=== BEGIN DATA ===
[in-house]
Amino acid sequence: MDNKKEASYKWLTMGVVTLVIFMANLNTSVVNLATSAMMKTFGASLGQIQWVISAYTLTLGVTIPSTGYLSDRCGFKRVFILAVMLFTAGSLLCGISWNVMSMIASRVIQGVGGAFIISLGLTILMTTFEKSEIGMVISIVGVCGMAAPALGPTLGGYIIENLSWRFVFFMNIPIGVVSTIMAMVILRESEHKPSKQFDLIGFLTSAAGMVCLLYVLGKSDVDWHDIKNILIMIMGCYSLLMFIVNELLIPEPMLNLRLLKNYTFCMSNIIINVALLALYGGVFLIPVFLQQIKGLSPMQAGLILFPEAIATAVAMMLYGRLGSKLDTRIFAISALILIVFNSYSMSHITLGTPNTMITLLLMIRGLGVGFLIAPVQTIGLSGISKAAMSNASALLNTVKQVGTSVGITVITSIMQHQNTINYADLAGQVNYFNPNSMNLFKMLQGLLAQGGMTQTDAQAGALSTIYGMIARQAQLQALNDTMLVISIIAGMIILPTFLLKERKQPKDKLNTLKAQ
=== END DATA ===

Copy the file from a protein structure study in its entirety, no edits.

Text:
[in-house]
Amino acid sequence: MDNKKEASYKWLTMGVVTLVIFMANLNTSVVNLATSAMMKTFGASLGQIQWVISAYTLTLGVTIPSTGYLSDRCGFKRVFILAVMLFTAGSLLCGISWNVMSMIASRVIQGVGGAFIISLGLTILMTTFEKSEIGMVISIVGVCGMAAPALGPTLGGYIIENLSWRFVFFMNIPIGVVSTIMAMVILRESEHKPSKQFDLIGFLTSAAGMVCLLYVLGKSDVDWHDIKNILIMIMGCYSLLMFIVNELLIPEPMLNLRLLKNYTFCMSNIIINVALLALYGGVFLIPVFLQQIKGLSPMQAGLILFPEAIATAVAMMLYGRLGSKLDTRIFAISALILIVFNSYSMSHITLGTPNTMITLLLMIRGLGVGFLIAPVQTIGLSGISKAAMSNASALLNTVKQVGTSVGITVITSIMQHQNTINYADLAGQVNYFNPNSMNLFKMLQGLLAQGGMTQTDAQAGALSTIYGMIARQAQLQALNDTMLVISIIAGMIILPTFLLKERKQPKDKLNTLKAQ